Julian Edelman is an unlikely Number One wide receiver for history’s most prolific offense. He was a 7th round draft pick out of Kent State, where he spent three years as a quarterback. Before that, he played a year of junior college football at the College of San Mateo.
His small stature meant that he was consistently overlooked and underrated. Despite his immense success as a football player, going all the way back to a Pop Warner National Championship, he has amassed more doubters than his three Super Bowl rings.
His consistent work ethic and commitment to excellence have some of these naysayers changing their tones.
In 2017, an old teacher recounted a time when she doubted his goals of reaching the NFL. You see, Edelman was simply an undersized athlete playing at a junior college. But what she didn’t see or know, was a relentless passion for competing and a commitment to getting better that could possibly only be rivaled by Tom Brady, the Hall of Fame QB that throws him the ball.
Edelman’s Twitter post would say: set your goals high. do whatever it takes to achieve them. #motivation
June 14, 2017
I’m not sure you’ll remember me: I was your teacher for your English 100 class at CSM in the spring of 2006. I’ve been wanting to write to you for, oh, what seems like a thousand years, to apologize to you for a flippant comment I made to you that semester. you may not even remember it, but I’ve felt bad about it for years. You had made some comment about “going to the league,” and I said something about setting realistic goals, about how few people successfully enter the ranks of the professional athlete, blah, blah, blah. I don’t think it fazed you, frankly, but whenever I think back on it, I feel terrible, not because you proved me wrong, but because I stupidly voiced an uneducated opinion that implied I had distain for your passion for the game. I think it was early in the semester before I knew you, but how could I have ever doubted your tenacity and grit is beyond me! Again, I doubt you’ve ever thought about it twice, but even so, I am sorry for wedging my foot so firmly in my mouth that day.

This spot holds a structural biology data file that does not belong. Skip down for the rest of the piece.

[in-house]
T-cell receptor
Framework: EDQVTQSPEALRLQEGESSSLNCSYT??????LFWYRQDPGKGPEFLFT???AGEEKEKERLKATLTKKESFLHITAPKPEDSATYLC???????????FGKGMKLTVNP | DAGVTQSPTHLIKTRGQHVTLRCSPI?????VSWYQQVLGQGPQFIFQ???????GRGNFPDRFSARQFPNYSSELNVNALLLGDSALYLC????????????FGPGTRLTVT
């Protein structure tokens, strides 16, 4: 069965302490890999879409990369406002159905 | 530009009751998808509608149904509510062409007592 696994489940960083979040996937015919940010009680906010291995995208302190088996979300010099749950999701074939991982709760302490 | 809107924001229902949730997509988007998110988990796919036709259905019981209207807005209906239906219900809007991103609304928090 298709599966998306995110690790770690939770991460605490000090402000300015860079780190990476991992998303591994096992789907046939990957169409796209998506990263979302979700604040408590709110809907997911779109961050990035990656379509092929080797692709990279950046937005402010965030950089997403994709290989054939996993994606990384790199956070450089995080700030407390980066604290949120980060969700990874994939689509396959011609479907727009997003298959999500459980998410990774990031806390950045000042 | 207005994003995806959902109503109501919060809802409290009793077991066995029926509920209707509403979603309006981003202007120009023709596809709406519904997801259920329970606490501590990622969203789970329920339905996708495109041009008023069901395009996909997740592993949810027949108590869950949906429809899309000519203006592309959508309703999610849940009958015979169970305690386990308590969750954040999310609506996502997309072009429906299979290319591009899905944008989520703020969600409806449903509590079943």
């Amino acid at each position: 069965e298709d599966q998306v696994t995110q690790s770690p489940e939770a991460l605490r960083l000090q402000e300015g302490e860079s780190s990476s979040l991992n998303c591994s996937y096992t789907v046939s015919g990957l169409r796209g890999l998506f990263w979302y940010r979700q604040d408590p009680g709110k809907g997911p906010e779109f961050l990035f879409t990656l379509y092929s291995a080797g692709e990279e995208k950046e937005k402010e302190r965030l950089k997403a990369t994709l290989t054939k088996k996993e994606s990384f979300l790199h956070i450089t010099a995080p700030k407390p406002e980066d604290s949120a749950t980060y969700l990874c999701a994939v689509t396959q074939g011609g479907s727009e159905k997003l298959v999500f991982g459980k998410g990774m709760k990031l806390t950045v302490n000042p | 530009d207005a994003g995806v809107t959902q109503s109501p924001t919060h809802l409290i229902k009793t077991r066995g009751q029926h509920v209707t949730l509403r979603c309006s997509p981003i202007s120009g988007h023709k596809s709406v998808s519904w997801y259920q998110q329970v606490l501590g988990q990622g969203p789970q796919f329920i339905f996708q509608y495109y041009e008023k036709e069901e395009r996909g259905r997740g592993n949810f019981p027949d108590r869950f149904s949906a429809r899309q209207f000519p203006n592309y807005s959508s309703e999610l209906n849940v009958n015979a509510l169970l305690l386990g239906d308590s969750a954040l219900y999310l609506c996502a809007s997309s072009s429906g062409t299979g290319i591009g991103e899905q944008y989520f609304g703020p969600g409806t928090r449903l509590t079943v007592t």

The post was a nice segway to his book: Relentless.
As he recounts his life, many of the things that his teacher would later observe were repeated over and over again: work ethic, persistence, effort, and perseverance.
Coming into the league with a future Hall of Famer throwing him the ball, led by a future Hall of Famer calling the plays, he buried his doubt in mountains and mountains of work.
Unsure of whether he would even make the team playing behind greats like Randy Moss and Wes Welker, he aimed to add immense value as a specialist on special teams. Within this role, he carved out a niche as a solid supporting team player.
Still, he continued to work on his skills as a wide receiver. After his first season, he even moved to LA in the offseason to be near Brady with slim hopes that he would call him for impromptu practice sessions.
Over time he developed into the kind of player that the Patriots value above all else: one that consistently wins, never complains, and always evolves. Some of the game’s best players were traded away when they failed to deliver on these traits.
Leading up to Kent State’s pro day (he wasn’t invited to the combine), he recounts his daily routine:
I had a phobia about being late or underprepared, so I’d be in bed by 9 p.m. My routine: Up at 5 a.m., eat breakfast and leave at 5:45. Work out at Speed and Strength from 6:30 to 11:00. Then I’d go back to Kent and have someone punt to me. At night, before I went to class, I’d go to the indoor track facility and catch about four hundred balls. Why? Because I was so far behind.
Edelman sends a clear message with this memoir: outwork.